I first met Mark von Schlegell in 2004, an eternity ago, on a blurry, neon-tonic night in Los Angeles, probably one of the banner nights for my endless (and this, I admit, is personal) migratory-birdlike longing for a return to California. It was a deeply improbable place and time: a wild, feathered, cavernous warehouse art installation somewhere in Historic Phillipinotown, the creator of which magically died a year later. Von Schlegell was there, a real brother in arms, in Los Angeles for a sci-fi convention. He told me that night something which I’ve seriously taken to heart in the intervening years, which is that no matter how accomplished a man is (like he, ostensibly, an art-critic-cum-SF-writer with an international pedigree and a girlfriend in Cologne), he can never be as cool as a smart young woman. Simply, in the scheme of relative enviousness, nothing beats a cool girl.
I remember, in the parking lot that night, I told Mark I wrote a science column.
“Of course you do,” he said.
And this is my senseless Harlan Ellison-esque introduction to Mark’s latest opus, Mercury Station. I rarely visit with contemporary sci-fi because, frankly, the cover art is bad. But von Schlegell is a great exception, in almost every conceivable sense: someone whose work, by virtue of its willful madness, will probably never explode into the consciousness of today’s piously aggro-nerdy SF scene, and someone who defies genre not out of bravado, but necessity. I deeply love his work. It seems tailored specifically to suit my pleasure receptors. It has the literary fuck-all of Samuel Delany, the hard-nosed attention to detail of Philip K. Dick, and a healthy dose of indeterminate psychedelia permeating everything from his patchwork structure to the plot points themselves, which treat time-travel and noospheric surfing like they’re frying eggs for breakfast.
Mercury Station is about Eddard Ryan, a genetically-enhanced Irish liberation soldier living in an isolated prison camp on Mercury, under the supervision of a condescending computer program called the qompURE MERKUR. Like his counterparts, he’s been unjustly imprisoned on Mercury since he was an adolescent, having long since served out his sentence (it’s unclear, however, if this is part of a larger scheme of “Control,” the shadow organization behind his political effort). One day, an unspecified Event transpires, and Ryan wakes up alone on Mercury with one arm missing and the other holding a mysterious medieval book about an androgynous demon. The novel ping-pongs back and forth between Mercury, where holographic computer avatars modeled on classical philosophers (HYPATIA, PLATO, ZENO, ARISTOTLE) are trying desperately to prod Ryan into decoding the situation, and 14th-century Prussia, where the demon creature romps around killing Teutons and seeking his/her true love. The medieval sections are written in what I would call a “period style,” a grandiloquent, kinda magic(k)al slop of euphemism that Von Schlegell clearly enjoyed writing, while the Mercurial bits take the form of maddening dialogues between Ryan and the increasingly wonky computer system.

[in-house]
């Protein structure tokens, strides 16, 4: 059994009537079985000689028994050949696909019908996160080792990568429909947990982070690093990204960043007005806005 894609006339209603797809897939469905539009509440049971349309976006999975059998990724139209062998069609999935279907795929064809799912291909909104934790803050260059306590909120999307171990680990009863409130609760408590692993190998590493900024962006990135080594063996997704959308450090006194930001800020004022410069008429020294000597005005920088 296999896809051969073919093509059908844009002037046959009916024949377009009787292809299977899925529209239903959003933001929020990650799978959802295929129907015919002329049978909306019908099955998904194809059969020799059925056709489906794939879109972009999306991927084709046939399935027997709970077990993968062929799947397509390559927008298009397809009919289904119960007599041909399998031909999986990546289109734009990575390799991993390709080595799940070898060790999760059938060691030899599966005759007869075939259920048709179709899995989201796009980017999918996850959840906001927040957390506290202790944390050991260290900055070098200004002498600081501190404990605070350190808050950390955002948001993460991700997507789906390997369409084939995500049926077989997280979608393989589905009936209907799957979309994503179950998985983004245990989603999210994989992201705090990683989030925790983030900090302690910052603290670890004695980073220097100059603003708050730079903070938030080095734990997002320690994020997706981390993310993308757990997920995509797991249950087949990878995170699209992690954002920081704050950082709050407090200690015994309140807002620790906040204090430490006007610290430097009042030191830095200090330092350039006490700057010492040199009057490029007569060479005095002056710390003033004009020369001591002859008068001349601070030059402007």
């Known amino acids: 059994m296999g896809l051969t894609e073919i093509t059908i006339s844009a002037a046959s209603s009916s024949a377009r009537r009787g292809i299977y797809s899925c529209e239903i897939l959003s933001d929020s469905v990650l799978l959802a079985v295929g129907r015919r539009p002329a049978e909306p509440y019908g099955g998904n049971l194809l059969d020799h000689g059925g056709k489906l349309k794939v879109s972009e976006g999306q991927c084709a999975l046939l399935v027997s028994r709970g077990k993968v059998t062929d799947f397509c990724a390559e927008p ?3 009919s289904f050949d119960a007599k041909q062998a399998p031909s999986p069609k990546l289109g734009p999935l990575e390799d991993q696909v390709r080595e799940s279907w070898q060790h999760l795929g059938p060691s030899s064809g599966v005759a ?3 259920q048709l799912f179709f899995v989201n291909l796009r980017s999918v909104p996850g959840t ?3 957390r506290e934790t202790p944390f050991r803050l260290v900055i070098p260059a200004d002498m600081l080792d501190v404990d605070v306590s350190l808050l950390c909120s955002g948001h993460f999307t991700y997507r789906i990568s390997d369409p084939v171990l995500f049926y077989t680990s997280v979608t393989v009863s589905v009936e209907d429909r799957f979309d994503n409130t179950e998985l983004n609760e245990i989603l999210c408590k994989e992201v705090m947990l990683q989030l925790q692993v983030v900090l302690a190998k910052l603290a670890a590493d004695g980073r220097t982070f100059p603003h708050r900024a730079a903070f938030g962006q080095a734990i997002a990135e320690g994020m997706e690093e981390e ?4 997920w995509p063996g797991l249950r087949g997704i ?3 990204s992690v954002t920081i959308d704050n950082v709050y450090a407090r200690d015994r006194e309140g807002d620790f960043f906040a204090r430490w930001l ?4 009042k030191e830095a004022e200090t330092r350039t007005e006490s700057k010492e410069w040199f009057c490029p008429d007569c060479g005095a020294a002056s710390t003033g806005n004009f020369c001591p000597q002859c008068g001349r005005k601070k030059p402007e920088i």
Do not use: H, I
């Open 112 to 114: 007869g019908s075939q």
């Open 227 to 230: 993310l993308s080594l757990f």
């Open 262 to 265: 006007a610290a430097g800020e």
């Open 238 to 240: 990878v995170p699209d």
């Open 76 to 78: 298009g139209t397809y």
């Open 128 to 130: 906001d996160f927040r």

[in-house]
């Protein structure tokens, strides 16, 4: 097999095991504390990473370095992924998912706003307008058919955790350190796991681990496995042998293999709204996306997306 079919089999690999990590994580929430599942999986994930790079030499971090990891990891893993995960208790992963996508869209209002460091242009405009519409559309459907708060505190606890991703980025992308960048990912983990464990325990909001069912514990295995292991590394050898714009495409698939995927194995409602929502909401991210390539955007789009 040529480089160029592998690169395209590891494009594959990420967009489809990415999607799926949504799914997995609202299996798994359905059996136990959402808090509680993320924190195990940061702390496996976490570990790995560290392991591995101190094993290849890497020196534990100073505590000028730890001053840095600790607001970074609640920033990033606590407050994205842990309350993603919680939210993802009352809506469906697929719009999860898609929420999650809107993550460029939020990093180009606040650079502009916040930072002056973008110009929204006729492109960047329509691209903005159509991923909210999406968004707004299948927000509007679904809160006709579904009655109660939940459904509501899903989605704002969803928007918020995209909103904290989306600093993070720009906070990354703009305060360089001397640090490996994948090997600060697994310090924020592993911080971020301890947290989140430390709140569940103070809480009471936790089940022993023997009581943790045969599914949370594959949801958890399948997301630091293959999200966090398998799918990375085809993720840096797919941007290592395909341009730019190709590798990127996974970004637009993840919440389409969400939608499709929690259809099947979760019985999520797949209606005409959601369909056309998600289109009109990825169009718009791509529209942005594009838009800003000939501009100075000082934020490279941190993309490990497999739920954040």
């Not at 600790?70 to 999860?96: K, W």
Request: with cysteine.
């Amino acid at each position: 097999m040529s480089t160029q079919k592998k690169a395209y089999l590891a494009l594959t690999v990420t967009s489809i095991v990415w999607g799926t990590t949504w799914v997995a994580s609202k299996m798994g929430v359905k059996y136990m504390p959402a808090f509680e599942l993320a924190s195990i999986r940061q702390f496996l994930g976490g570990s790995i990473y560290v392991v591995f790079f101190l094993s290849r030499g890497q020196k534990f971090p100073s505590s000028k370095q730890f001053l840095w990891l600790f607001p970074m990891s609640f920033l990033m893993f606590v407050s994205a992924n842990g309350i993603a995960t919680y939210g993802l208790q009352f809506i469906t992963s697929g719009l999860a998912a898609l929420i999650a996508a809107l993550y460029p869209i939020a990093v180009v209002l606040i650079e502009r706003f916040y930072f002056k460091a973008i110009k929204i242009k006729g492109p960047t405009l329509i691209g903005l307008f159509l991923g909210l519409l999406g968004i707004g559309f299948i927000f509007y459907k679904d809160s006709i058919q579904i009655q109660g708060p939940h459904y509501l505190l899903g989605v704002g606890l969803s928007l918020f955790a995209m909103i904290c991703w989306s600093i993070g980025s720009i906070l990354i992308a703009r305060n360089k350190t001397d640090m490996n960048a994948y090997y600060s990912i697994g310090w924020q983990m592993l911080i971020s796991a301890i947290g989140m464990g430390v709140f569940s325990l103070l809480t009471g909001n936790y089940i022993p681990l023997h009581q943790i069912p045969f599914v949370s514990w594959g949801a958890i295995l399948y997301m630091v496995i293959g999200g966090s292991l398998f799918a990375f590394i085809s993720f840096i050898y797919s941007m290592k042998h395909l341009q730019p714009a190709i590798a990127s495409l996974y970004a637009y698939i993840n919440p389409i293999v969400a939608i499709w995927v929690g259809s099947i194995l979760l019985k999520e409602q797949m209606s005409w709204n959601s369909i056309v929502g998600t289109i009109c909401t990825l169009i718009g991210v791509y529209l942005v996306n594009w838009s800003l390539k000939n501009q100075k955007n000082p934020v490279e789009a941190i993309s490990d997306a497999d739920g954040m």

That’s part one. Ryan is also in love with a fellow dissident, an agitprop artist named Koré Macallister, who abandoned him during the Event. She, like Ryan and several other key characters, is obsessed with “chrononautics,” a form of time travel which involves detaching the self from the body (psychic, perhaps physical death) and throwing it backwards through non-Einsteinian time via psychedelic conduits, “time’s sex organs,” a fine conceptual invention. So the tale goes this way: did Koré escape the lonely planet’s borstal through time-travel? If so, did she leave him behind for a reason? And where did everybody go?
The whole thing is, for lack of a better word, bodacious: the drunk Ryan goading computer avatars, the gall of killing off a sci-fi baddie with the Black Plague, the unabashed medieval cloak-and-dagger, and, of course, the great von-Schlegell-ian gesture of kaleidoscopic narrative devolution, which occurs somewhere near the end of the book and leaves you (well, me) panting with the dim feeling that if the same passages were re-read a second time, they might lead elsewhere (the latter a pleasure I intend to save for later, when the subconscious detritus of Mercury Station‘s more future-addled stream-of-consciousness chapters fully settles in the noggin). Of course, this is not to say that it’s an easy, or even necessarily enjoyable at times, book to read. A pleasure-seeker, a sci-fi recreationalist, might find von Schlegell’s style, particularly his tendency to include unthinkable wormholes of texts within texts, exasperating — even Freize called it “textual delirium,” although I think the adjective “mercurial,” aptly, suffices. My advice is to enjoy it, and to take a cue from the book itself, which occasionally offers veiled encouragement, as in this passage in which a computer avatar muses on the subject Eddard Ryan’s mysterious medieval book:
ZENO: “We cannot speculate with any useful certainty until you present to us the work itself as a whole, Eddie Ryan. You yourself enjoy digital memory capability; you should appreciate the situation. Until read in its entirety a book is importantly indefinable. A narrative works by change, redefining itself constantly, letter by letter, word by word until the final Finis. Show all of it to us, now, and we’ll be happy to comment on the work as a whole.”
To which Ryan replies, “I don’t do Brit Lit.”
Read my interview with Mark Von Schlegell on the Strange Horizons site.